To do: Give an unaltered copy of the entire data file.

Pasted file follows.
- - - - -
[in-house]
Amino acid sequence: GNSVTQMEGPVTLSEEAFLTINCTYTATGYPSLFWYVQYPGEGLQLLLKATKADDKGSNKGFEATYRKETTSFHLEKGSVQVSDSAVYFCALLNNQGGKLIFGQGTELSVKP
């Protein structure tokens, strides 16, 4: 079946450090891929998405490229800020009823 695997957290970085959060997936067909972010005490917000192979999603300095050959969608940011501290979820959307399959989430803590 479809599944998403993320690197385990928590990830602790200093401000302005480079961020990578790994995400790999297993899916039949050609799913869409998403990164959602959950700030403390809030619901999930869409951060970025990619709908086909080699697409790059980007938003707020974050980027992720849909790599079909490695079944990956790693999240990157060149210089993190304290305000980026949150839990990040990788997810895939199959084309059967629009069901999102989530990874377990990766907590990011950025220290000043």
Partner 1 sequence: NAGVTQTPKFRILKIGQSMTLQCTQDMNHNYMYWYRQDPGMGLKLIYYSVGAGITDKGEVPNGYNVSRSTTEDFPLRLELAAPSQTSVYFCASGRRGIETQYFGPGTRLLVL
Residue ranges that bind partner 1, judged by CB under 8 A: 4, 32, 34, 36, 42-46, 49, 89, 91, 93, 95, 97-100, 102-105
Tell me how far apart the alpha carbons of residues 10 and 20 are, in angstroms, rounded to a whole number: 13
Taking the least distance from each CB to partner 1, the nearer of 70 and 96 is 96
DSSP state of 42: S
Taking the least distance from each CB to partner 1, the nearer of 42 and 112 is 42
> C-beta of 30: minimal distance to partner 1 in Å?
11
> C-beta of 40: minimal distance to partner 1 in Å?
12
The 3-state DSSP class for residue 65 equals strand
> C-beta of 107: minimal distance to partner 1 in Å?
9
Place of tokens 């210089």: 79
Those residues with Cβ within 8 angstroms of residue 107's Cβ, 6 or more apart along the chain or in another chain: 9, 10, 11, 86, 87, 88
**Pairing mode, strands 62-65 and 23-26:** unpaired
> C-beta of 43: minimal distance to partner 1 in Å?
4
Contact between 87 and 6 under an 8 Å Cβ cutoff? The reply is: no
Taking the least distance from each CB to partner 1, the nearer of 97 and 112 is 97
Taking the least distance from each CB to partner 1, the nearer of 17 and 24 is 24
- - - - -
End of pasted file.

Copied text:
[in-house]
Amino acid sequence: GNSVTQMEGPVTLSEEAFLTINCTYTATGYPSLFWYVQYPGEGLQLLLKATKADDKGSNKGFEATYRKETTSFHLEKGSVQVSDSAVYFCALLNNQGGKLIFGQGTELSVKP
């Protein structure tokens, strides 16, 4: 079946450090891929998405490229800020009823 695997957290970085959060997936067909972010005490917000192979999603300095050959969608940011501290979820959307399959989430803590 479809599944998403993320690197385990928590990830602790200093401000302005480079961020990578790994995400790999297993899916039949050609799913869409998403990164959602959950700030403390809030619901999930869409951060970025990619709908086909080699697409790059980007938003707020974050980027992720849909790599079909490695079944990956790693999240990157060149210089993190304290305000980026949150839990990040990788997810895939199959084309059967629009069901999102989530990874377990990766907590990011950025220290000043």
Partner 1 sequence: NAGVTQTPKFRILKIGQSMTLQCTQDMNHNYMYWYRQDPGMGLKLIYYSVGAGITDKGEVPNGYNVSRSTTEDFPLRLELAAPSQTSVYFCASGRRGIETQYFGPGTRLLVL
Residue ranges that bind partner 1, judged by CB under 8 A: 4, 32, 34, 36, 42-46, 49, 89, 91, 93, 95, 97-100, 102-105
Tell me how far apart the alpha carbons of residues 10 and 20 are, in angstroms, rounded to a whole number: 13
Taking the least distance from each CB to partner 1, the nearer of 70 and 96 is 96
DSSP state of 42: S
Taking the least distance from each CB to partner 1, the nearer of 42 and 112 is 42
> C-beta of 30: minimal distance to partner 1 in Å?
11
> C-beta of 40: minimal distance to partner 1 in Å?
12
The 3-state DSSP class for residue 65 equals strand
> C-beta of 107: minimal distance to partner 1 in Å?
9
Place of tokens 């210089």: 79
Those residues with Cβ within 8 angstroms of residue 107's Cβ, 6 or more apart along the chain or in another chain: 9, 10, 11, 86, 87, 88
**Pairing mode, strands 62-65 and 23-26:** unpaired
> C-beta of 43: minimal distance to partner 1 in Å?
4
Contact between 87 and 6 under an 8 Å Cβ cutoff? The reply is: no
Taking the least distance from each CB to partner 1, the nearer of 97 and 112 is 97
Taking the least distance from each CB to partner 1, the nearer of 17 and 24 is 24